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Update: Success in our campaign to change London’s policy on minimum sunlight levels in green spaces

We are thrilled to share the success of the campaign to change London’s planning policy on sunshine in the public realm. Last year, over ten thousand people signed a petition begun by the Museum and supported by groups from Lambeth Village to the National Gardens Scheme to ask Mayor Sadiq Khan to review the Greater London Authority’s policy on the levels of sunshine required for the city’s parks, playgrounds and wildlife.

It’s succeeded. Thank you to our supporters – and thank you, too, to the members and officers of the GLA’s planning team, who have been receptive, interested, and accessible. The new guidance is published in the GLA’s published its new Supplementary Planning Guidance on Housing Design Standards: Housing Design Standards LPG

This is a highly technical document, which individual Boroughs must in their turn follow. Two of the many new policies are::

A1.8 Particular consideration should be given to the impact of new development on the level of daylight and sunlight received by the existing residents in surrounding homes and on existing public green space.

A1.9 The orientation and massing of buildings, and the separation distances between them, should ensure that the public realm is not unduly overshadowed to the detriment of health, wellbeing, biodiversity or amenity.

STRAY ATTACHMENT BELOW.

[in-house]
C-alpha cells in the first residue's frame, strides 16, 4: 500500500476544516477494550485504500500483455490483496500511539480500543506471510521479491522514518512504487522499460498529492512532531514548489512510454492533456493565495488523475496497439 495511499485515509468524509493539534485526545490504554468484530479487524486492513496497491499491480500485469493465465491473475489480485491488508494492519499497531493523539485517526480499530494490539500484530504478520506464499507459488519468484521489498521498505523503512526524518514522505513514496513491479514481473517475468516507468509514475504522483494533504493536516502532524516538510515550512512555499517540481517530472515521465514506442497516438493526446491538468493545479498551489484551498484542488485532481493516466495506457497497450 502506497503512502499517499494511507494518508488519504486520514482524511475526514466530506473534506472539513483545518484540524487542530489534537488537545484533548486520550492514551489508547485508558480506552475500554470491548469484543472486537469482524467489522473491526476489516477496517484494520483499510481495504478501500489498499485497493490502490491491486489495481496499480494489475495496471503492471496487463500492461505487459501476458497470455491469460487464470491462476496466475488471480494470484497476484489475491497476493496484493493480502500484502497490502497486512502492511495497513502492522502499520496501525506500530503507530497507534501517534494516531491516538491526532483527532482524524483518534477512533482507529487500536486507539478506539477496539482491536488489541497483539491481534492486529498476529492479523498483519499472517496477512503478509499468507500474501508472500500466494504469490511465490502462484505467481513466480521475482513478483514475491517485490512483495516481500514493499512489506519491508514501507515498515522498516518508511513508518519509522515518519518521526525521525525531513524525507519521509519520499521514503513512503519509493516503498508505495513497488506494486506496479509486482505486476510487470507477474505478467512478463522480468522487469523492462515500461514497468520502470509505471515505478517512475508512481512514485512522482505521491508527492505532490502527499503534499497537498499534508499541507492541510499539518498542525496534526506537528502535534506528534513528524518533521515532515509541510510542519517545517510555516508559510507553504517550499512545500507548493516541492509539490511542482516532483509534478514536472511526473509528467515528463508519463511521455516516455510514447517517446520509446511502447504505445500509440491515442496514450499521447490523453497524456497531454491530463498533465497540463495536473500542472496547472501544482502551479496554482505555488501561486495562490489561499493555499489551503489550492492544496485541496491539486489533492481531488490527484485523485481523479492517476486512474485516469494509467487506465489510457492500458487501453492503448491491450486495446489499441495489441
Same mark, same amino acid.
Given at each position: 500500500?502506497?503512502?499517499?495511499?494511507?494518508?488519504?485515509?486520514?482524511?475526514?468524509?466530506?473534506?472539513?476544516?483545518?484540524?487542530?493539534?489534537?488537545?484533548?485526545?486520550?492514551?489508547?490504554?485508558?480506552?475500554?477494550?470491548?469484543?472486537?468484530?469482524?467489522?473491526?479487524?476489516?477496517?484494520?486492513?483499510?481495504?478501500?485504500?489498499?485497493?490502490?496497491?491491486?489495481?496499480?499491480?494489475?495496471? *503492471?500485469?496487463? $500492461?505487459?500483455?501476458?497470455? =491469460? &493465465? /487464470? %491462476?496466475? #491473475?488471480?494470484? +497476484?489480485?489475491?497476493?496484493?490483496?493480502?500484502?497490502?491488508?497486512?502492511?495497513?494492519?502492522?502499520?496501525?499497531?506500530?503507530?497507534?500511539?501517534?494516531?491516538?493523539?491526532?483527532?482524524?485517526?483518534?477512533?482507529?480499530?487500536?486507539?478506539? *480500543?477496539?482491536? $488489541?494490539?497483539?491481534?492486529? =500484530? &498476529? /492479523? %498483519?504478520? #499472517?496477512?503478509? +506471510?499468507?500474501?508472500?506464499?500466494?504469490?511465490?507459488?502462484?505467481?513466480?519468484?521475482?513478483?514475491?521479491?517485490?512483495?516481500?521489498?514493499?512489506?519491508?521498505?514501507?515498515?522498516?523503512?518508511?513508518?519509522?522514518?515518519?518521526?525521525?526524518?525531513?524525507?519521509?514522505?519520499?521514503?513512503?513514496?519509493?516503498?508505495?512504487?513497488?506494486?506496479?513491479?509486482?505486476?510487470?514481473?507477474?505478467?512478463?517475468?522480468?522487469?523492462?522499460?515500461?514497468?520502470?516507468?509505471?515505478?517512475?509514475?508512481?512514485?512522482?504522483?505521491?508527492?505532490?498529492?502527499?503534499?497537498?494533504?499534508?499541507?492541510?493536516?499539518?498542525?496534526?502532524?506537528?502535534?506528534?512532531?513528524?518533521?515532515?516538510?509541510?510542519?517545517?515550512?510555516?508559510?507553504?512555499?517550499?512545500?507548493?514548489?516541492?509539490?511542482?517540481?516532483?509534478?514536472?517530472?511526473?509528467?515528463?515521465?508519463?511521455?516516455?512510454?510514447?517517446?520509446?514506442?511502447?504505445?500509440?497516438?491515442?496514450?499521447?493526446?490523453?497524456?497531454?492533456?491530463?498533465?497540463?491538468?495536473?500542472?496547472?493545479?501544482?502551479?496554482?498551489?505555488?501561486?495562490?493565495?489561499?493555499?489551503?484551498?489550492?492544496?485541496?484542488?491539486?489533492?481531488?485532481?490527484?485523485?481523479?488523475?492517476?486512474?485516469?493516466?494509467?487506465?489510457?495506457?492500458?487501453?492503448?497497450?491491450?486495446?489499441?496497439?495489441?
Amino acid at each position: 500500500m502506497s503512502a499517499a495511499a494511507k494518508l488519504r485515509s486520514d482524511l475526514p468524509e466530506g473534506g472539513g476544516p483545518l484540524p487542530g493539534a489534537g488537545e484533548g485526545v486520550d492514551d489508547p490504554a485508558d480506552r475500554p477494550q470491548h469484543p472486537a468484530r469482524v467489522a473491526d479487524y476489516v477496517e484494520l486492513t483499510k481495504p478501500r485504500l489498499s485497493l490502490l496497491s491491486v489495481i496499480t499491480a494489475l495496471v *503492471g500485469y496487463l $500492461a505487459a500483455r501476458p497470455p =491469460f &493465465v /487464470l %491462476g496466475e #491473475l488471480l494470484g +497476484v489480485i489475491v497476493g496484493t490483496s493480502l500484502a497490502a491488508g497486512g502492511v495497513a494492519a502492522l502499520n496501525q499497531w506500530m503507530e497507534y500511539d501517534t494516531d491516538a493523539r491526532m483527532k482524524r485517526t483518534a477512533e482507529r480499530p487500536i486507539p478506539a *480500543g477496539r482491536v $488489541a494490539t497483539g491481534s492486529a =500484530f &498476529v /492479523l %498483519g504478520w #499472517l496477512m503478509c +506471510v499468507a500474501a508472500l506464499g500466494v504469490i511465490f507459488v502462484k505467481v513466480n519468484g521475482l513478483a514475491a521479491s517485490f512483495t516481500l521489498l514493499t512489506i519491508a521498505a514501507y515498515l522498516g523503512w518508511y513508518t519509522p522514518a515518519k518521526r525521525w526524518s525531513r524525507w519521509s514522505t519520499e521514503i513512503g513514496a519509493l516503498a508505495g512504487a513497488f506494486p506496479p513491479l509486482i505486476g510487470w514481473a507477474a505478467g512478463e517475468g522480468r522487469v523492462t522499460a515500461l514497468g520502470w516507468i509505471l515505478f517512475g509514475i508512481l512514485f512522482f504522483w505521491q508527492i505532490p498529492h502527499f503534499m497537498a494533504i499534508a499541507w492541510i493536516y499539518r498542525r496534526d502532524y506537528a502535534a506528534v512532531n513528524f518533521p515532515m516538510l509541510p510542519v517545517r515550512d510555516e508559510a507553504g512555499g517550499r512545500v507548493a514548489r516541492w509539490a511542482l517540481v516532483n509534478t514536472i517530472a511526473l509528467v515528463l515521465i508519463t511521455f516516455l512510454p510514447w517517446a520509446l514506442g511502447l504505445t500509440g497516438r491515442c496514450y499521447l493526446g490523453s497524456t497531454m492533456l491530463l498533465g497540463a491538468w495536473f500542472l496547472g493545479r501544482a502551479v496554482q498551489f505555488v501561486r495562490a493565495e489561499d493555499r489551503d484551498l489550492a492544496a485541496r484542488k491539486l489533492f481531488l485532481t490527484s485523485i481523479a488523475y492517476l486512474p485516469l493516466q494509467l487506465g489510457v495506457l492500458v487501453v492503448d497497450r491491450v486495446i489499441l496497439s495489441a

Fair enough, you might say. But the words (our italics) in A1.9 replaces an earlier wording which stipulated that a development was acceptable if the adjacent public realm received two hours of direct sunlight on 50% of its area as measured on 21st March. That wording repeated guidance first published by the Building Research Establishment in 2011, which had been used by developers of high-rise buildings to justify the construction of skyscrapers overshadowing the public realms adjacent. On 21st March – the gardener’s time of year depicted in the new tapestry of gardening – half the park could be in darkness, or shadow, for twenty-two of the day. The other half could be in utter shadow.

Aerial view of Old Paradise Gardens with proposed towers shown to the left, image courtesy of Fred Pillbrow Architects

We came across this implausible-but-true guidance in the contest to stop multi-national developer u+I building towers of luxury flats on the south side of Old Paradise Gardens, the little park on Lambeth High Street where we have just opened a new healing garden designed by Dan Pearson. If followed through, in December the children’s playground would have been without sunshine for every rung or skip of the day.

Our petition asked for six hours, not two, on 21st March, but that proved hard to apply. The new guidance is qualitative: how much sun do people, plants and butterflies need?

In addition, the GLA have invited the Garden Museum to assemble an expert team of botanists and doctors, entomologists and psychiatrists, to provide a scientific evidence base for the value of sunlight in the city. We just need a sponsor for the project, as such a report costs in the region of £20,000.

But for now we can celebrate one small victory in the battle of light versus dark, and green versus grey. Every gardener who looks at the Mortlake tapestry of ‘March’ knows that feeling of spring soil warming in the sun, and bulbs ripening. We have to save our city’s sky from being sold.

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